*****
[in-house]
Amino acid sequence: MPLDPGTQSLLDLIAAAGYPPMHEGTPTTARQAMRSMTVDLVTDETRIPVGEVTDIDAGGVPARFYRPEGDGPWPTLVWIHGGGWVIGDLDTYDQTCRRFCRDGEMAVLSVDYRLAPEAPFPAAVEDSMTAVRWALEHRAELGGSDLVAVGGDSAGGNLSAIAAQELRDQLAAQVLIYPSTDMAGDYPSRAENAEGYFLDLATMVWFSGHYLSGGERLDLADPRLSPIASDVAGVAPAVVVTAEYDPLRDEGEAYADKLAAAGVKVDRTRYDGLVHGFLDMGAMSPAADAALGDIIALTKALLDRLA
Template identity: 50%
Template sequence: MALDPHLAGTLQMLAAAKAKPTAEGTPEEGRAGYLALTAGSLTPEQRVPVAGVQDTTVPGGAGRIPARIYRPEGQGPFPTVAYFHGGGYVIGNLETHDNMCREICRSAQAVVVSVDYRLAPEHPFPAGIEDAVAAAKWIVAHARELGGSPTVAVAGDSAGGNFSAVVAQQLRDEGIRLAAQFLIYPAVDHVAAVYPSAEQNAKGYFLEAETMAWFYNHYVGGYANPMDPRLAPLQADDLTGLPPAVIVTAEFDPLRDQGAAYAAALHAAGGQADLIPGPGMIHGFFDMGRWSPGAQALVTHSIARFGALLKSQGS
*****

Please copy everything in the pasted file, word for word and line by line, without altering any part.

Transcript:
[in-house]
Amino acid sequence: MPLDPGTQSLLDLIAAAGYPPMHEGTPTTARQAMRSMTVDLVTDETRIPVGEVTDIDAGGVPARFYRPEGDGPWPTLVWIHGGGWVIGDLDTYDQTCRRFCRDGEMAVLSVDYRLAPEAPFPAAVEDSMTAVRWALEHRAELGGSDLVAVGGDSAGGNLSAIAAQELRDQLAAQVLIYPSTDMAGDYPSRAENAEGYFLDLATMVWFSGHYLSGGERLDLADPRLSPIASDVAGVAPAVVVTAEYDPLRDEGEAYADKLAAAGVKVDRTRYDGLVHGFLDMGAMSPAADAALGDIIALTKALLDRLA
Template identity: 50%
Template sequence: MALDPHLAGTLQMLAAAKAKPTAEGTPEEGRAGYLALTAGSLTPEQRVPVAGVQDTTVPGGAGRIPARIYRPEGQGPFPTVAYFHGGGYVIGNLETHDNMCREICRSAQAVVVSVDYRLAPEHPFPAGIEDAVAAAKWIVAHARELGGSPTVAVAGDSAGGNFSAVVAQQLRDEGIRLAAQFLIYPAVDHVAAVYPSAEQNAKGYFLEAETMAWFYNHYVGGYANPMDPRLAPLQADDLTGLPPAVIVTAEFDPLRDQGAAYAAALHAAGGQADLIPGPGMIHGFFDMGRWSPGAQALVTHSIARFGALLKSQGS